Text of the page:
Defunct Hospital to Transform Into a Home for Neighborhood Investment in St. Louis
Rachel Rice reports on a proposal to develop the former St. Luke’s Hospital, located on Delmar Boulevard in St. Louis, which shut down after bankruptcy in 2013, operating at the time as ConnectCare.
"But come fall 2021, the 500,000-square-foot building will begin its second life — housing apartments, offices, a cafe and a highly anticipated nonprofit collaborative," reports Rice.
The project will be called the Delmar DivINe, named to counter the racial and income stratification that comes with the “Delmar Divide” moniker. [Maxine] Clark and Executive Director Jorge Riopedre anticipate closing on the project within the next few weeks and are completing leases with more than 20 different organizations and nonprofits.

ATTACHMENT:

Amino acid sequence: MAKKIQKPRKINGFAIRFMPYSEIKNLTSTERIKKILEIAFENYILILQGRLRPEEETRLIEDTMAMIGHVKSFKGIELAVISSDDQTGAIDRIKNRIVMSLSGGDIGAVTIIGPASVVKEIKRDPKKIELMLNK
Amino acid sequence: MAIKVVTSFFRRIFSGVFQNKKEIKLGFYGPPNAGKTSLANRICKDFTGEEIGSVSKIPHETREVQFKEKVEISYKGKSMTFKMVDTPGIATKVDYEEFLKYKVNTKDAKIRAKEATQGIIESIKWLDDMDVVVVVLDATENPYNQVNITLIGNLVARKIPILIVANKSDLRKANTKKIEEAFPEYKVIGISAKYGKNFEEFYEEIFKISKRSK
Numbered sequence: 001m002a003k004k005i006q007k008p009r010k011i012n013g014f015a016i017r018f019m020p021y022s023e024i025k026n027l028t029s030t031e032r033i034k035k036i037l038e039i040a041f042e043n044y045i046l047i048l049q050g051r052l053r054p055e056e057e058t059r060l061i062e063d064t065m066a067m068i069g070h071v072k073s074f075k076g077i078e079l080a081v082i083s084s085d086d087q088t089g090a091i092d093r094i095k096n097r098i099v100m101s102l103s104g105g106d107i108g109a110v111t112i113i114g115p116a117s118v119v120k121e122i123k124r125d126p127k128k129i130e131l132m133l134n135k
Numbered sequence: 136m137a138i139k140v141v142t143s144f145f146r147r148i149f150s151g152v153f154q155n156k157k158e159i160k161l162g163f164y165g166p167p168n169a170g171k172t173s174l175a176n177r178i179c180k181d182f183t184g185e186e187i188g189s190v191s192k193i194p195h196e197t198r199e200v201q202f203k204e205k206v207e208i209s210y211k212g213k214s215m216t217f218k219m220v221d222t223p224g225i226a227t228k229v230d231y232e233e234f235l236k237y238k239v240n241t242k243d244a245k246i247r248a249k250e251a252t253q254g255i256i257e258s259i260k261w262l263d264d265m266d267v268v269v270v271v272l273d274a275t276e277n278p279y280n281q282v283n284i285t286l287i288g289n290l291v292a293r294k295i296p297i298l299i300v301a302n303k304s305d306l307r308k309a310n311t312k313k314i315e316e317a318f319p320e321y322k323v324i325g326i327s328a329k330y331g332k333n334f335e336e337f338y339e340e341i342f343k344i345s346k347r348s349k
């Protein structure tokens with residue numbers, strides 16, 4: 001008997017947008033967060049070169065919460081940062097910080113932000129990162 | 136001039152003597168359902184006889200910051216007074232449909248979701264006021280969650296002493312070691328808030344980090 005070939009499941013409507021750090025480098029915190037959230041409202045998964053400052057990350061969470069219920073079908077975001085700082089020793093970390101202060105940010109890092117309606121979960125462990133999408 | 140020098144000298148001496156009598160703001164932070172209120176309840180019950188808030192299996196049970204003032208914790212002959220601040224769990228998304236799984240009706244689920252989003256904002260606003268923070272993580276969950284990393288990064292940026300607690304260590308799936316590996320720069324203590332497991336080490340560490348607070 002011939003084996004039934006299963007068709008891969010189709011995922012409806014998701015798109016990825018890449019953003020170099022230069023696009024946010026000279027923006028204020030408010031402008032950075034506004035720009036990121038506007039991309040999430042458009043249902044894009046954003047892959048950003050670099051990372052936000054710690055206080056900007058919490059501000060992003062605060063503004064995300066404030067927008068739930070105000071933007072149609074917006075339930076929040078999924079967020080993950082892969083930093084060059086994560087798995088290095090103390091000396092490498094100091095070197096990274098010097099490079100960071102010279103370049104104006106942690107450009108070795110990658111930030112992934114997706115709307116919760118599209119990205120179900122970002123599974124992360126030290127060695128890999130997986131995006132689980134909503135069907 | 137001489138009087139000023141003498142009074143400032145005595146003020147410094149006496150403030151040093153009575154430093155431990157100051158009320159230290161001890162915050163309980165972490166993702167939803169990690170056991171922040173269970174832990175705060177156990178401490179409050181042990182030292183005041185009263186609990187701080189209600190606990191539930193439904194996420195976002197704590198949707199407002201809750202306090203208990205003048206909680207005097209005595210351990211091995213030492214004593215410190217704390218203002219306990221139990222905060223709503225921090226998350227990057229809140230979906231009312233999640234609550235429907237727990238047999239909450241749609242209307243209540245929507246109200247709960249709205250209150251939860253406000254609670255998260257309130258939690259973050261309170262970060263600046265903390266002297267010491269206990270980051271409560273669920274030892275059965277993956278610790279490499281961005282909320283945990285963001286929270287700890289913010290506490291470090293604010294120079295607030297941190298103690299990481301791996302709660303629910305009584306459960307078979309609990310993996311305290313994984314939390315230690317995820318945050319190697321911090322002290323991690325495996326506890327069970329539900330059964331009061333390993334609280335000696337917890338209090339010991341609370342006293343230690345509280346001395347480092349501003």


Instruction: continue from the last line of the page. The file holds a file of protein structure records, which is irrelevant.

Nonprofits such as the Mid-America Transplant Foundation and Humanitri are likely to be tenants, along with Washington University and the St. Louis Community Credit Union, all as part of a $100 million project that could transform a portion of the city near the Delmar Loop. Supporters say the project is precisely the kind of heavy investment needed to invigorate neighborhoods that fall just north of Delmar.
Maxine Clark, the founder of Build-a-Bear, came up with the idea for the project after working in the Cortex Innovation Community, which offers office space, capital, mentoring and networking opportunities to businesses, according to the article.
The project has already been delayed because of the effects of the Covid-19 pandemic, but initial phases of construction will focus on nonprofit working spaces and residential apartments before later phases build out more office space and services such as early childhood education.
"The project is funded through a public-private partnership that includes a loan guarantee from the federal Department of Housing and Urban Development, new market and historic tax credits, and donations, including Clark’s own funding," reports Rice.
Additional coverage of Delmar Divine is also available in a more recent article by Amanda Woytus for St. Louis Magazine.